Celiac disease (CD) is a multifactorial autoimmune disease induced by ingestion of gluten in genetically predisposed individuals. Despite technological progress, the diagnosis of CD is still based on duodenal biopsy as it was 50 years ago. In this study we analysed the expression of CD-associated genes in small bowel biopsies of patients and controls in order to explore the multivariate pathway of the expression profile of CD patients. Then, using multivariant discriminant analysis, we evaluated whether the expression profiles of these genes in peripheral blood monocytes (PBMs) differed between patients and controls.
Celiac Disease (CD) is a polygenic trait, and HLA genes explain less than half of the genetic variation. Through large GWAs more than 40 associated non-HLA genes were identified, but they give a small contribution to the heritability of the disease. The aim of this study is to improve the estimate of the CD risk in siblings, by adding to HLA a small set of non-HLA genes. One-hundred fifty-seven Italian families with a confirmed CD case and at least one other sib and both parents were recruited. Among 249 sibs, 29 developed CD in a 6 year follow-up period. All individuals were typed for HLA and 10 SNPs in non-HLA genes: CCR1/CCR3 (rs6441961), IL12A/SCHIP1 and IL12A (rs17810546 and rs9811792), TAGAP (rs1738074), RGS1 (rs2816316), LPP (rs1464510), OLIG3 (rs2327832), REL (rs842647), IL2/IL21 (rs6822844), SH2B3 (rs3184504). Three associated SNPs (in LPP, REL, and RGS1 genes) were identified through the Transmission Disequilibrium Test and a Bayesian approach was used to assign a score (BS) to each detected HLA+SNPs genotype combination. We then classified CD sibs as at low or at high risk if their BS was respectively < or ? median BS value within each HLA risk group. A larger number (72%) of CD sibs showed a BS ? the median value and had a more than two fold higher OR than CD sibs with a BS value < the median (O.R?=?2.53, p?=?0.047). Our HLA+SNPs genotype classification, showed both a higher predictive negative value (95% vs 91%) and diagnostic sensitivity (79% vs 45%) than the HLA only. In conclusion, the estimate of the CD risk by HLA+SNPs approach, even if not applicable to prevention, could be a precious tool to improve the prediction of the disease in a cohort of first degree relatives, particularly in the low HLA risk groups.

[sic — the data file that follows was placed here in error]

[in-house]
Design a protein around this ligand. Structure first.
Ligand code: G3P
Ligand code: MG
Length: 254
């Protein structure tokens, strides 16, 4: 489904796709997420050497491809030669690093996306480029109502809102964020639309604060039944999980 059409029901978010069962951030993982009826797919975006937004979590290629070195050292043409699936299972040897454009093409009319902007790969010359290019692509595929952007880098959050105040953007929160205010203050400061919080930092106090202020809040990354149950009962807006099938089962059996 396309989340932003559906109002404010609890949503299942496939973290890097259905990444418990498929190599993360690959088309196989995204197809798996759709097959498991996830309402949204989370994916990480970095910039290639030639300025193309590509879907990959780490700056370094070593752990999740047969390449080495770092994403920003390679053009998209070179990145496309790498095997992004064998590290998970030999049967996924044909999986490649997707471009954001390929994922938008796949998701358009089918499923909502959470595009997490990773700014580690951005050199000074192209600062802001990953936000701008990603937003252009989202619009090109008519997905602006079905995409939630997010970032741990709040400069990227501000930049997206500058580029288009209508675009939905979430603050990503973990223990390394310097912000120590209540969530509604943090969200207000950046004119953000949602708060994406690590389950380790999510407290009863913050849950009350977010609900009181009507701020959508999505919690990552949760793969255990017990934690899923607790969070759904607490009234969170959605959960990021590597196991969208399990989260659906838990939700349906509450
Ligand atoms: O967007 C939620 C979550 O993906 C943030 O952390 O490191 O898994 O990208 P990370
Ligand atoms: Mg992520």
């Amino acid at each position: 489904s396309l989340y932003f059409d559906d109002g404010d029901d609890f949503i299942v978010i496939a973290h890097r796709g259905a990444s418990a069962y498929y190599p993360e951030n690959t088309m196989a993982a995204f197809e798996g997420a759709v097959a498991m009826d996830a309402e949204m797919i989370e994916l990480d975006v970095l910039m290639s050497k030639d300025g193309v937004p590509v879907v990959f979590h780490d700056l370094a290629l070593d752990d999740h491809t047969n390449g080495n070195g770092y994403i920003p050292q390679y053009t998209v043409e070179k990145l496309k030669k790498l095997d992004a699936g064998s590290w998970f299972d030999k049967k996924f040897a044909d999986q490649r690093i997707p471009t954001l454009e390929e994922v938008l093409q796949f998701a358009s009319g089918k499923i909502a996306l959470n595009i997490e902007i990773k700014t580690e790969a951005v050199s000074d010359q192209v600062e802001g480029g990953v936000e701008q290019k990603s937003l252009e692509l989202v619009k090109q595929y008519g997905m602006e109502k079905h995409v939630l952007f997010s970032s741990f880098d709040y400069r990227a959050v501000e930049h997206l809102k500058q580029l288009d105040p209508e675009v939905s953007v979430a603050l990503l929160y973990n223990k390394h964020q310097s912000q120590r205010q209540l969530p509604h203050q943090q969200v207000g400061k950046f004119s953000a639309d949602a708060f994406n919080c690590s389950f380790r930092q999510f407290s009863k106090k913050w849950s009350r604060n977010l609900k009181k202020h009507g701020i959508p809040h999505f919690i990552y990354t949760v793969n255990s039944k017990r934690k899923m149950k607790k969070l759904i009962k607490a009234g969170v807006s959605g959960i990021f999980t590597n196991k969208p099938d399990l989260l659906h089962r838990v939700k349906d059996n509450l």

Potential celiacs have the celiac type HLA, positive anti-transglutaminase antibodies but no damage at small intestinal mucosa. Only a minority of them develops mucosal lesion. More than 40 genes were associated to Celiac Disease (CD) but we still do not know how those pathways transform a genetically predisposed individual into an affected person. The aim of the study is to explore the genetic features of Potential CD individuals.
We performed a second-generation genome-wide association study of 4,533 individuals with celiac disease (cases) and 10,750 control subjects. We genotyped 113 selected SNPs with P(GWAS) < 10(-4) and 18 SNPs from 14 known loci in a further 4,918 cases and 5,684 controls. Variants from 13 new regions reached genome-wide significance (P(combined) < 5 x 10(-8)); most contain genes with immune functions (BACH2, CCR4, CD80, CIITA-SOCS1-CLEC16A, ICOSLG and ZMIZ1), with ETS1, RUNX3, THEMIS and TNFRSF14 having key roles in thymic T-cell selection. There was evidence to suggest associations for a further 13 regions. In an expression quantitative trait meta-analysis of 1,469 whole blood samples, 20 of 38 (52.6%) tested loci had celiac risk variants correlated (P < 0.0028, FDR 5%) with cis gene expression.
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